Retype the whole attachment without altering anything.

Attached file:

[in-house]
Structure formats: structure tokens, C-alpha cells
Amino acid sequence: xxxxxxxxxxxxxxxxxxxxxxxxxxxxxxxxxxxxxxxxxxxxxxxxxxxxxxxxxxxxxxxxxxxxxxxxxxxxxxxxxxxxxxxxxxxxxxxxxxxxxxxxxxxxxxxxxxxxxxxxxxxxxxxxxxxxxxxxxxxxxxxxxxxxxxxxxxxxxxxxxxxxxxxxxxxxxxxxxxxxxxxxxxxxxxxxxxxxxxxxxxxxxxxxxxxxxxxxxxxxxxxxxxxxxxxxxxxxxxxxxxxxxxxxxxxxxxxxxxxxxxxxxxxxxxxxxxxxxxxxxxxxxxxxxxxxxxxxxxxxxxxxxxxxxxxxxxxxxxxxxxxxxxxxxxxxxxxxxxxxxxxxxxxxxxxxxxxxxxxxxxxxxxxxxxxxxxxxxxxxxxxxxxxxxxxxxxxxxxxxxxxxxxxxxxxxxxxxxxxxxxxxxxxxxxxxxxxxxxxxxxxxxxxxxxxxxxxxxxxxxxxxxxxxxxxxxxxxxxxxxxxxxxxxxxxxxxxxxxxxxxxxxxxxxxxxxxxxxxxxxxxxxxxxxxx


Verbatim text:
[in-house]
Structure formats: structure tokens, C-alpha cells
Amino acid sequence: xxxxxxxxxxxxxxxxxxxxxxxxxxxxxxxxxxxxxxxxxxxxxxxxxxxxxxxxxxxxxxxxxxxxxxxxxxxxxxxxxxxxxxxxxxxxxxxxxxxxxxxxxxxxxxxxxxxxxxxxxxxxxxxxxxxxxxxxxxxxxxxxxxxxxxxxxxxxxxxxxxxxxxxxxxxxxxxxxxxxxxxxxxxxxxxxxxxxxxxxxxxxxxxxxxxxxxxxxxxxxxxxxxxxxxxxxxxxxxxxxxxxxxxxxxxxxxxxxxxxxxxxxxxxxxxxxxxxxxxxxxxxxxxxxxxxxxxxxxxxxxxxxxxxxxxxxxxxxxxxxxxxxxxxxxxxxxxxxxxxxxxxxxxxxxxxxxxxxxxxxxxxxxxxxxxxxxxxxxxxxxxxxxxxxxxxxxxxxxxxxxxxxxxxxxxxxxxxxxxxxxxxxxxxxxxxxxxxxxxxxxxxxxxxxxxxxxxxxxxxxxxxxxxxxxxxxxxxxxxxxxxxxxxxxxxxxxxxxxxxxxxxxxxxxxxxxxxxxxxxxxxxxxxxxxx